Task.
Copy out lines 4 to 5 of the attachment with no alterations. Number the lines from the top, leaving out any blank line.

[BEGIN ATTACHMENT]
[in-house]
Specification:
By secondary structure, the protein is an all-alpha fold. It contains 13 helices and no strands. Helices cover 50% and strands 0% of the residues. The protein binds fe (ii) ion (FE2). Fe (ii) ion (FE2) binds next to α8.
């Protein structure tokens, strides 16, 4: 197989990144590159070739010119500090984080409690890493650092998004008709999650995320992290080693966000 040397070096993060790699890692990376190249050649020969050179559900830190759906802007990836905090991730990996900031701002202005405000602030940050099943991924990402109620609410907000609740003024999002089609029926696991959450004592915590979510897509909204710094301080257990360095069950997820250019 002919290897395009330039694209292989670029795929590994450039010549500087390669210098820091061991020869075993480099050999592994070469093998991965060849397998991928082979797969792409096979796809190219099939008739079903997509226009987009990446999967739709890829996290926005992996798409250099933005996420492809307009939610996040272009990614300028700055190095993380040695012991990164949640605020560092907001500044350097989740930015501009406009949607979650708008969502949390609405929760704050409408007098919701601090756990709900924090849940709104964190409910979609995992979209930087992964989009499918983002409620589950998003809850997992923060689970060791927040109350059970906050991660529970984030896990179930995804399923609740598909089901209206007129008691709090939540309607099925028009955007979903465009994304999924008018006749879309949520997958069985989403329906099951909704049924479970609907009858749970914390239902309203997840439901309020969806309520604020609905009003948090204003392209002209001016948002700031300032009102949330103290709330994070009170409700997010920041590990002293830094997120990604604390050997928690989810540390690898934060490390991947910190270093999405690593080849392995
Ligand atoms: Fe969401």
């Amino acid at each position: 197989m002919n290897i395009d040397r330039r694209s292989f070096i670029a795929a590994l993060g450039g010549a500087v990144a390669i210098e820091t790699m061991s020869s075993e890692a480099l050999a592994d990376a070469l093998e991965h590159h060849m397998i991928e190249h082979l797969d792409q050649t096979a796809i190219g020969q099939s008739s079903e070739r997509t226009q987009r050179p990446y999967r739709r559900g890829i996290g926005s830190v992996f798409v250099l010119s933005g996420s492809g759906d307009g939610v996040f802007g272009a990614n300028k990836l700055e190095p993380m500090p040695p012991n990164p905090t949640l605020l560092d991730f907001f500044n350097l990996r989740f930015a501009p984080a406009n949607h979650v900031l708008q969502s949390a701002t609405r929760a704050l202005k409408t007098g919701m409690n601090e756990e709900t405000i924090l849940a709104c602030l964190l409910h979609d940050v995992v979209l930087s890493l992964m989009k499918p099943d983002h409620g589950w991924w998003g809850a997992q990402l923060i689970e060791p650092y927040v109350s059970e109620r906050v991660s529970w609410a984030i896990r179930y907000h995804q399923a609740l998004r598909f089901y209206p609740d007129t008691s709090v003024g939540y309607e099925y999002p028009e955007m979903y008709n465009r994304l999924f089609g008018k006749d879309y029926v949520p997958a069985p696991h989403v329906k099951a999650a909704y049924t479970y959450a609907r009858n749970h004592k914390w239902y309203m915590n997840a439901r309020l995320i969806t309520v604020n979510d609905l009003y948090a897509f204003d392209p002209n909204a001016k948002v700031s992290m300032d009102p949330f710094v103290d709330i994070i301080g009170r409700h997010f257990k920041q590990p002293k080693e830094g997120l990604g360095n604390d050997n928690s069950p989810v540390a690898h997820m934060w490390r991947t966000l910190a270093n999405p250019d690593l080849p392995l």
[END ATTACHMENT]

């Protein structure tokens, strides 16, 4: 197989990144590159070739010119500090984080409690890493650092998004008709999650995320992290080693966000 040397070096993060790699890692990376190249050649020969050179559900830190759906802007990836905090991730990996900031701002202005405000602030940050099943991924990402109620609410907000609740003024999002089609029926696991959450004592915590979510897509909204710094301080257990360095069950997820250019 002919290897395009330039694209292989670029795929590994450039010549500087390669210098820091061991020869075993480099050999592994070469093998991965060849397998991928082979797969792409096979796809190219099939008739079903997509226009987009990446999967739709890829996290926005992996798409250099933005996420492809307009939610996040272009990614300028700055190095993380040695012991990164949640605020560092907001500044350097989740930015501009406009949607979650708008969502949390609405929760704050409408007098919701601090756990709900924090849940709104964190409910979609995992979209930087992964989009499918983002409620589950998003809850997992923060689970060791927040109350059970906050991660529970984030896990179930995804399923609740598909089901209206007129008691709090939540309607099925028009955007979903465009994304999924008018006749879309949520997958069985989403329906099951909704049924479970609907009858749970914390239902309203997840439901309020969806309520604020609905009003948090204003392209002209001016948002700031300032009102949330103290709330994070009170409700997010920041590990002293830094997120990604604390050997928690989810540390690898934060490390991947910190270093999405690593080849392995
Ligand atoms: Fe969401």